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Pride and Protest

California and Silicon Valley are hotbeds of discontent and mistrust over threatened invasion of Iraq

AS NATIONAL and international opposition to the president's planned invasion of Iraq came to the surface this past weekend in a spate of antiwar protests, a groundswell of opposition is also growing in the Bay Area and Silicon Valley, among people of all socioeconomic levels and political persuasions.

In a place experiencing the largest economic slowdown in the nation, where the cost of living remains among the highest, there is increasing doubt and opposition to President Bush's threatened invasion of Iraq and stated "war on terror."

And despite the climate of revenge inflicted by the terrorist attacks of Sept. 11, 2001, people are not afraid of being labeled un-American or unpatriotic for expressing their opinions.

"Standing up and speaking out is the American tradition," said Supervisor Blanca Alvarado, whose first action as president of the Santa Clara County Board of Supervisors was to introduce a resolution opposing pre-emptive military action against Iraq. "We will not be silent any longer."

The measure, which Alvarado said was inspired by "diverse and widespread" constituent requests, is in legislative committee and will go to the county board for a vote at the end of this month.

Anti-invasion protests over the Martin Luther King Jr. holiday weekend drew hundreds of thousands of protesters to sites around the world, including San Francisco and downtown San Jose. In a protest organized by Richard Ajluni, protesters marched from Saint James Park to Plaza de Cesar Chavez, where a speaker podium was surrounded by tombstones bearing the faces of Iraqi children.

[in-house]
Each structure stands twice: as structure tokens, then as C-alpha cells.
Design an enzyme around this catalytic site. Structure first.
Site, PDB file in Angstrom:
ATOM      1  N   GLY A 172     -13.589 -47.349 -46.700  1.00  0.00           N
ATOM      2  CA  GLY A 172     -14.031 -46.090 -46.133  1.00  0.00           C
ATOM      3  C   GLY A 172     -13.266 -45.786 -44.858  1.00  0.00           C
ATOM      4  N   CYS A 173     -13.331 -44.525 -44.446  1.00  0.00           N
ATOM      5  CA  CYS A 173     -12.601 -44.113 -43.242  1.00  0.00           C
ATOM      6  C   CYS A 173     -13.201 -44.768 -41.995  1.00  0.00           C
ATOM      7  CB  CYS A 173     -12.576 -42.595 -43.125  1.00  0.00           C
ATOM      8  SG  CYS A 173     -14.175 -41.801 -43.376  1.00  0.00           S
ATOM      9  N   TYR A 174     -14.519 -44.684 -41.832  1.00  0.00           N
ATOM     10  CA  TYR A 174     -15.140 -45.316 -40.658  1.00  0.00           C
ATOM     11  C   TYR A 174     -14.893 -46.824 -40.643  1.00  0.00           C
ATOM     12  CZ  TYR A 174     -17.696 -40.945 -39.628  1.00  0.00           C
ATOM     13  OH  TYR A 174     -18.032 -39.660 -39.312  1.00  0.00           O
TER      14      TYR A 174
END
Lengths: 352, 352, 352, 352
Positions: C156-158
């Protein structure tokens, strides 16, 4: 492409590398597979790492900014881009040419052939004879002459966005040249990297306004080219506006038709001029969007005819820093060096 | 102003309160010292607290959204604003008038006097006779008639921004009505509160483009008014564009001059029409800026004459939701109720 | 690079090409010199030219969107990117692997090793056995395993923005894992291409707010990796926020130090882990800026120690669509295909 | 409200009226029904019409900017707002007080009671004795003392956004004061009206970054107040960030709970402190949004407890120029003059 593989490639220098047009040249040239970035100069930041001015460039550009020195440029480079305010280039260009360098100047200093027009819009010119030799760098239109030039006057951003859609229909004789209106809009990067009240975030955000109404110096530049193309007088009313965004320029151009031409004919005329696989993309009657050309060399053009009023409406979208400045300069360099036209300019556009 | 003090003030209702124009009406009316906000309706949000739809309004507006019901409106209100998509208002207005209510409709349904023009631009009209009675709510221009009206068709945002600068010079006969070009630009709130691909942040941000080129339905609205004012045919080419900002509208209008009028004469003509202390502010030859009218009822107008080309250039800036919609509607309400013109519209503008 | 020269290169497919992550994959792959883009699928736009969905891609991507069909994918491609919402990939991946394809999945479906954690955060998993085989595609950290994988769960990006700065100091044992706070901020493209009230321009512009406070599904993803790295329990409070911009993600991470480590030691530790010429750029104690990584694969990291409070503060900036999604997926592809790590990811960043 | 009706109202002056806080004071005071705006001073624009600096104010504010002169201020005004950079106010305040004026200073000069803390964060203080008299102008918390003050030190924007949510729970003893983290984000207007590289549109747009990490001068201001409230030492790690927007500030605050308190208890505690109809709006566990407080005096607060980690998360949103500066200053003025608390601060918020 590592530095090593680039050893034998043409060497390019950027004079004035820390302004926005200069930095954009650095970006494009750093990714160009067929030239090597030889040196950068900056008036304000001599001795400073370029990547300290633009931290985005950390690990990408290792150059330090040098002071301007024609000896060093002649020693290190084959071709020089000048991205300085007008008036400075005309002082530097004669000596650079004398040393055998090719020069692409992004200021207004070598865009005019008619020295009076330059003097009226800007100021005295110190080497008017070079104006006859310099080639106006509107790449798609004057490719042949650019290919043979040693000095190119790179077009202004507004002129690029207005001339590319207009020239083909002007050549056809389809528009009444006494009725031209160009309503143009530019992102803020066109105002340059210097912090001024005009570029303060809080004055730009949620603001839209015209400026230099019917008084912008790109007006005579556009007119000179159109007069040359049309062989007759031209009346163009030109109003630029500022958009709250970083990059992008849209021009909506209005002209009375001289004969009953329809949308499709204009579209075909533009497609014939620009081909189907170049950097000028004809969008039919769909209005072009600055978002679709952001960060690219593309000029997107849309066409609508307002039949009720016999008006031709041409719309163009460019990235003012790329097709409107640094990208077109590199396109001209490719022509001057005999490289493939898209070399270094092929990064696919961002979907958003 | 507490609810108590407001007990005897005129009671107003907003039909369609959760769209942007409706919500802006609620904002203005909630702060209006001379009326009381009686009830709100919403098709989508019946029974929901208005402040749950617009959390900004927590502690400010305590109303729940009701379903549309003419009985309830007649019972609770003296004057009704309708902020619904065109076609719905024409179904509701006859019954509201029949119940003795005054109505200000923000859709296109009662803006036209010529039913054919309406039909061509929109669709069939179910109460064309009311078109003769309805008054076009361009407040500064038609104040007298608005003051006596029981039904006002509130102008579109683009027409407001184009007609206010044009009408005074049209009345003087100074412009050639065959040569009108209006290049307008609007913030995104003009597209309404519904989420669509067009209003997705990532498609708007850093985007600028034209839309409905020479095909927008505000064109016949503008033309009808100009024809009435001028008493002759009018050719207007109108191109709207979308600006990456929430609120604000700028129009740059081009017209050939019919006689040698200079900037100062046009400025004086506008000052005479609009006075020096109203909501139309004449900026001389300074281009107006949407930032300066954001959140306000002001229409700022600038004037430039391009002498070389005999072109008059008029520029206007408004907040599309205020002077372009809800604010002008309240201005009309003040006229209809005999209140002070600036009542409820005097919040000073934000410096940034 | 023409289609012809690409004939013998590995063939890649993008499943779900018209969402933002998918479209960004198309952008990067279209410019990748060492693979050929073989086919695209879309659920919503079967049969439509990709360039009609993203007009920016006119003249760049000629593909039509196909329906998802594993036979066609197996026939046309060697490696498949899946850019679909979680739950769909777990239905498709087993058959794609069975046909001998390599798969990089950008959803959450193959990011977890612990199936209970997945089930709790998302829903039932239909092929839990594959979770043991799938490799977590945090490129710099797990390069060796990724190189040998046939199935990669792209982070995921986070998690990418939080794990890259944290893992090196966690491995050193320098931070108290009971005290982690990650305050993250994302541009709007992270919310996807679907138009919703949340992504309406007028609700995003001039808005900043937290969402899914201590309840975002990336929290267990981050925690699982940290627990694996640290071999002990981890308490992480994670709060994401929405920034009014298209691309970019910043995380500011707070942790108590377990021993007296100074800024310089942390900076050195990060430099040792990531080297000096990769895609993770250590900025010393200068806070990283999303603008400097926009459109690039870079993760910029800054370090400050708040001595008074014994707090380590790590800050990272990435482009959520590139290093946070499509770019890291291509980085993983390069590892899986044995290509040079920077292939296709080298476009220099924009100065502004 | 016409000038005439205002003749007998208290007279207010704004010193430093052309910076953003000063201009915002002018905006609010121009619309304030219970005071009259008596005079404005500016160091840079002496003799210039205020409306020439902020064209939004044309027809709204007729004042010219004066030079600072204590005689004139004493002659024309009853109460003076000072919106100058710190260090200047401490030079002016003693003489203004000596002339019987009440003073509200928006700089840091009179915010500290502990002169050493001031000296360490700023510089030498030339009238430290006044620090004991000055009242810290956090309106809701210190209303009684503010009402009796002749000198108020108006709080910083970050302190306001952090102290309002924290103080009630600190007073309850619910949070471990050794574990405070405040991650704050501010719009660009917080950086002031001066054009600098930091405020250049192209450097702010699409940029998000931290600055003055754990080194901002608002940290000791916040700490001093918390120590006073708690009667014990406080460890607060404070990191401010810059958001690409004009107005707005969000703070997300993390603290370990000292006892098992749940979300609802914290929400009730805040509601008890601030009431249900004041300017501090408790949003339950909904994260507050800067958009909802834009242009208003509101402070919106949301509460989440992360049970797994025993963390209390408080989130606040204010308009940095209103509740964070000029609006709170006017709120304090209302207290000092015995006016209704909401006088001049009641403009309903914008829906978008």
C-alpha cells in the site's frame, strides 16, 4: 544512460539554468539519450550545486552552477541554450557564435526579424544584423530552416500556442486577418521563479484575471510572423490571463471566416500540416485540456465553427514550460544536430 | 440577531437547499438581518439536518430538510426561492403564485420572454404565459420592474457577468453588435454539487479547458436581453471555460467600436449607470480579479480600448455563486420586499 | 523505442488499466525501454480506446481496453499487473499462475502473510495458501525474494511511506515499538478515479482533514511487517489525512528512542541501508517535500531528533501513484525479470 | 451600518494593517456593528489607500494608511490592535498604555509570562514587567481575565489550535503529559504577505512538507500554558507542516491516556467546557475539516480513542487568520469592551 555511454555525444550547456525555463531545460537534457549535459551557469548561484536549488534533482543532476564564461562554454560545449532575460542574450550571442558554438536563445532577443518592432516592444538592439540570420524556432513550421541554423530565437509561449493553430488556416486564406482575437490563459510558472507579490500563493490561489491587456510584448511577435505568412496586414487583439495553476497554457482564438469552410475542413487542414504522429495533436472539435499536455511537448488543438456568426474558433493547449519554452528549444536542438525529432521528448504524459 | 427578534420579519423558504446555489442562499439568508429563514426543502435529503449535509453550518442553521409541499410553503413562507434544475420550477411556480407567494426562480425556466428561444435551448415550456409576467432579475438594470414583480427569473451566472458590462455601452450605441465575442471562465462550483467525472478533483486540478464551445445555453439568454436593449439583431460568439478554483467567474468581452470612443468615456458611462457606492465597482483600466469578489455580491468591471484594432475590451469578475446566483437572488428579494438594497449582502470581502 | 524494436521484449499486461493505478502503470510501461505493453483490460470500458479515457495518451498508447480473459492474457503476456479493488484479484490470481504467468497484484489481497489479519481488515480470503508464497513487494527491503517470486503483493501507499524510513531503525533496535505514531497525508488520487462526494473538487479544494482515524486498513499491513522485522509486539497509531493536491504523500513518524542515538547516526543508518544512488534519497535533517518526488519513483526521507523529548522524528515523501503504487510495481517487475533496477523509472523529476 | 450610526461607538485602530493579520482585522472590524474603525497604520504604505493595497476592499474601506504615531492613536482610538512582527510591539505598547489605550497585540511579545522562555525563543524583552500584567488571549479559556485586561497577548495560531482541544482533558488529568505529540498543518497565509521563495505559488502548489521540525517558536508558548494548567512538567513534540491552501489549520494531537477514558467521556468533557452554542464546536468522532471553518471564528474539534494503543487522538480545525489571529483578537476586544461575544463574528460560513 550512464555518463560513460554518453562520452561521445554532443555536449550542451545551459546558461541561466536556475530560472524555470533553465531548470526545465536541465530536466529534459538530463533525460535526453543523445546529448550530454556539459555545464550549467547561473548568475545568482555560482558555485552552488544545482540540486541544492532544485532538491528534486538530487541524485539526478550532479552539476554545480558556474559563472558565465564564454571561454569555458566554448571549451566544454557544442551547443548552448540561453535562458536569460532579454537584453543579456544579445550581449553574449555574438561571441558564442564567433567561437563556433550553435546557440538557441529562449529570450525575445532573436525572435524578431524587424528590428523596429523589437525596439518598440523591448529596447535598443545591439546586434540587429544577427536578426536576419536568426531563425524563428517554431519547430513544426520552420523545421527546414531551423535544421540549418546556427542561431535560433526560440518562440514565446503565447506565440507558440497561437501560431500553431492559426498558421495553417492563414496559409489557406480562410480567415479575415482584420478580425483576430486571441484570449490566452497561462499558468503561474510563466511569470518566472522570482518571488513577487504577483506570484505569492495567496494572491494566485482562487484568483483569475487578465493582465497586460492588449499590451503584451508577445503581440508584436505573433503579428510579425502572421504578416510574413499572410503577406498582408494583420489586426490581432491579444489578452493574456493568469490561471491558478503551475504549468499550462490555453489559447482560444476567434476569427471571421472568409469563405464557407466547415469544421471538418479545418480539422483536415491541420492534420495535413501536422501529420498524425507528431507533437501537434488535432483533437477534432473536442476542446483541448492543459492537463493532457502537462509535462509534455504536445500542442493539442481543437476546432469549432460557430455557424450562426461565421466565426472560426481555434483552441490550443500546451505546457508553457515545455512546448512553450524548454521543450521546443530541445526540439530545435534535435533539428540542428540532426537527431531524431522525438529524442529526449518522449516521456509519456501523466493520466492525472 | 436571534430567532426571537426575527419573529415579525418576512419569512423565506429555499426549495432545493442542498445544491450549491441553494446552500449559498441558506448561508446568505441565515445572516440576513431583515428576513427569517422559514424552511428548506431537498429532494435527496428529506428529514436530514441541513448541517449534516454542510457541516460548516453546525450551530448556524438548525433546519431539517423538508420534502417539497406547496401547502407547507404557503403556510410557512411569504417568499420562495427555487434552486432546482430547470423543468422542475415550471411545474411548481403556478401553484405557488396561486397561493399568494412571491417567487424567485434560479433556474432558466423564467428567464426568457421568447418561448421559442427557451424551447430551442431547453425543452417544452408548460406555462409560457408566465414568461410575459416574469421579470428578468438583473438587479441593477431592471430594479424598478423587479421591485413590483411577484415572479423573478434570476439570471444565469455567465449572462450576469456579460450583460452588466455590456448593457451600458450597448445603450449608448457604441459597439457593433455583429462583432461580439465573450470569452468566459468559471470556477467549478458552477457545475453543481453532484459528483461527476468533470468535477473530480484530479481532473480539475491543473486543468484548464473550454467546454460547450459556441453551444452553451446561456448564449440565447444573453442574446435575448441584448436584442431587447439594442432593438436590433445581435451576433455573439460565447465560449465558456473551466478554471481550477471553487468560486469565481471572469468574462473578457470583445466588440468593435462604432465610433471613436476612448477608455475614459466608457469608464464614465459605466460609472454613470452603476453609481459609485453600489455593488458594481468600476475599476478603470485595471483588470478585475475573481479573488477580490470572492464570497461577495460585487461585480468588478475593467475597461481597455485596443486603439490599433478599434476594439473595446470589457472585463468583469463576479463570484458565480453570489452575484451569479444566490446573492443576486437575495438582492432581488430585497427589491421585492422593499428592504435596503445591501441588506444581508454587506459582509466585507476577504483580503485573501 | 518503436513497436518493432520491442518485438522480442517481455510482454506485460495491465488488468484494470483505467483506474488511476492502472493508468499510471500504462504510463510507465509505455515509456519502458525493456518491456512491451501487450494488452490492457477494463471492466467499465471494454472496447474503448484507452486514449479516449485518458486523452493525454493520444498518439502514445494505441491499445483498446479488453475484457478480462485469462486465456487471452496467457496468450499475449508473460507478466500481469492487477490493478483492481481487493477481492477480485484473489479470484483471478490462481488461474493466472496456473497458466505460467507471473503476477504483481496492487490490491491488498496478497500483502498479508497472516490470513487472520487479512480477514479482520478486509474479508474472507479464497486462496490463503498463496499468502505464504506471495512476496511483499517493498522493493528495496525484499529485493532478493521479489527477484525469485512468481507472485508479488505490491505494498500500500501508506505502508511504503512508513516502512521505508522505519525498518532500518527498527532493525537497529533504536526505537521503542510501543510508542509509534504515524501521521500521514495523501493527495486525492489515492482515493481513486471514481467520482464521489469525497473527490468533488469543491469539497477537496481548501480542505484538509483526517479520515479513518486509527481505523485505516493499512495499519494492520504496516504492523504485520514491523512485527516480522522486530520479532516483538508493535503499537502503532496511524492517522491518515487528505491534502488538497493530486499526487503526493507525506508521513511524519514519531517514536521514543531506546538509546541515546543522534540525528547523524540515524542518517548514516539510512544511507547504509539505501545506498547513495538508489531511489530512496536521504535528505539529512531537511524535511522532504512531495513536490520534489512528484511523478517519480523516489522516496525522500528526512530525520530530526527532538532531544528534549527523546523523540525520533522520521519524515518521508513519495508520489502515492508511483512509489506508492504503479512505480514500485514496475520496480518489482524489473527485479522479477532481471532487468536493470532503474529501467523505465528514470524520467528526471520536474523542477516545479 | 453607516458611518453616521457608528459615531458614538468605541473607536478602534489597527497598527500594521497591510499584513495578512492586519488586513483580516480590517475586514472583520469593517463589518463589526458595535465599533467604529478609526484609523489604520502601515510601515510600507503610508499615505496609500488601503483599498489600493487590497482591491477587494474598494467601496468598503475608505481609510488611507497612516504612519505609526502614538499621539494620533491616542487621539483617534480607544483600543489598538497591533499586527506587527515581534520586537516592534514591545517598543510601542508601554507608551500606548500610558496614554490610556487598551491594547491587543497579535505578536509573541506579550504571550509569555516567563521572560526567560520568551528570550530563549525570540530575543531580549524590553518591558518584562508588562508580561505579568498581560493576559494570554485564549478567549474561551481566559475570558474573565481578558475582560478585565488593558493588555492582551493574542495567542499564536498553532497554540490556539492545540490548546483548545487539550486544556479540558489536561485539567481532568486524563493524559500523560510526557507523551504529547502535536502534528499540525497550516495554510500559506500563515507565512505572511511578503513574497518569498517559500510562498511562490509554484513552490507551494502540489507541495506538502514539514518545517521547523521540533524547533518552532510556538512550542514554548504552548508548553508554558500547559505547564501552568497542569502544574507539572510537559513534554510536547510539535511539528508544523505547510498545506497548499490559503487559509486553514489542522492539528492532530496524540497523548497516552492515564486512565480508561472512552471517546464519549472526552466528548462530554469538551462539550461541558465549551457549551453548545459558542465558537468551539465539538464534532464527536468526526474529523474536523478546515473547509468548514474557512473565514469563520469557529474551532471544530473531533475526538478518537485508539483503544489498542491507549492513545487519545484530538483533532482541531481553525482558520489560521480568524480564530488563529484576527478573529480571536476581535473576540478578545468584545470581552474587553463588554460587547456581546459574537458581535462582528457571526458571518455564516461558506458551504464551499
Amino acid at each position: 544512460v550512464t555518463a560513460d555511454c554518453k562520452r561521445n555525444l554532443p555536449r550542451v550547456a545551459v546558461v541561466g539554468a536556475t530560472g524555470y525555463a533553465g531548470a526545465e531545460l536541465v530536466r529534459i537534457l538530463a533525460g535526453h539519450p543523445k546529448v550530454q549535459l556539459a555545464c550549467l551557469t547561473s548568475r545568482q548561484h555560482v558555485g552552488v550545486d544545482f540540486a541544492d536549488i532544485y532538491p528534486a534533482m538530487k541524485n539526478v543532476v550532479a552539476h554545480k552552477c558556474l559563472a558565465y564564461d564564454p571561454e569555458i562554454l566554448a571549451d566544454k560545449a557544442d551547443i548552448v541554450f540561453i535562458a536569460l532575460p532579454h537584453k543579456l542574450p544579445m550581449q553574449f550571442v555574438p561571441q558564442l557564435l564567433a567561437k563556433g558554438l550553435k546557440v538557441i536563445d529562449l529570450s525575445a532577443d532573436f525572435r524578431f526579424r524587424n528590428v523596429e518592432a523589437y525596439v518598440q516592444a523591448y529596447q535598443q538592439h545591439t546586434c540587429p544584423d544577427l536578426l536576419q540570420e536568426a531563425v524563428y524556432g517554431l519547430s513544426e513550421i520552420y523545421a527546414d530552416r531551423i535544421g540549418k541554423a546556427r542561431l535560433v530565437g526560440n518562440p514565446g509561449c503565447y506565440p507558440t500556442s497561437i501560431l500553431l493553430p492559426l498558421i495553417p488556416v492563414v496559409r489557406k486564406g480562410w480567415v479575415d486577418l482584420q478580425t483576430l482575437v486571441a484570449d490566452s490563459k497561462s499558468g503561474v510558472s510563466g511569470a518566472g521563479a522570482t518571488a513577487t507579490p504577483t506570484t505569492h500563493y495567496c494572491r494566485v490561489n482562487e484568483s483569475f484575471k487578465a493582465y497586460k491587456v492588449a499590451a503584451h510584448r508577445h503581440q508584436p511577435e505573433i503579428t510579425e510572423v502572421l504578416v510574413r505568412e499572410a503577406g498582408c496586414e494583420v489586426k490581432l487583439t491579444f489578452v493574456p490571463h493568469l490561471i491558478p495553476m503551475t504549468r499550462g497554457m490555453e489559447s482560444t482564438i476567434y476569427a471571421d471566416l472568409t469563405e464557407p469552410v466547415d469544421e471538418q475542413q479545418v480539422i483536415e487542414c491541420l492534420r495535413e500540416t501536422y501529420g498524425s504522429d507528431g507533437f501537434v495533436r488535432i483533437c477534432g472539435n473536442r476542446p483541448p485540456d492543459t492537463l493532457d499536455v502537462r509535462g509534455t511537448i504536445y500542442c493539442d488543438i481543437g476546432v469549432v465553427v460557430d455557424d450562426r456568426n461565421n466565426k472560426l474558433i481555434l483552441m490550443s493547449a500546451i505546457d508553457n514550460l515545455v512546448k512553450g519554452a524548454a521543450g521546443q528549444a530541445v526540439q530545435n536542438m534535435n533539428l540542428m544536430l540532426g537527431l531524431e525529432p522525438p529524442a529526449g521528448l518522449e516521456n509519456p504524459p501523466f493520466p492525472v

Ken Podgorsek, 42, attended Saturday's event with his two kids, aged 8 and 2. A downtown neighborhood activist, Podgorsek considers himself a moderate and says although he supported the Desert Storm invasion and the "rousting of Al Qaeda out of Afghanistan," following the 9/11 attacks, he is vehemently opposed to a United States invasion of Iraq.

"I back American ideals, and American ideals are not about placing us in the position of being the aggressor," he said. "If Iraq is a threat, I don't see it. Being a bully is not what we should stand for as a country." Podgorsek also feels it's "wrong for the country to spend $200 billion of our money" when so many domestic problems remain unsolved.

"We've got people losing their houses and having trouble feeding their kids. We can't even take care of our education and health-care problems or our senior citizens," he says. "We're giving away our children's moral and financial future."

A spokesperson from Alvarado's office said the supervisor has only received "a handful" of complaints from constituents who disagreed with her position and felt she was overstepping her bounds as a supervisor pushing for a local resolution on national affairs.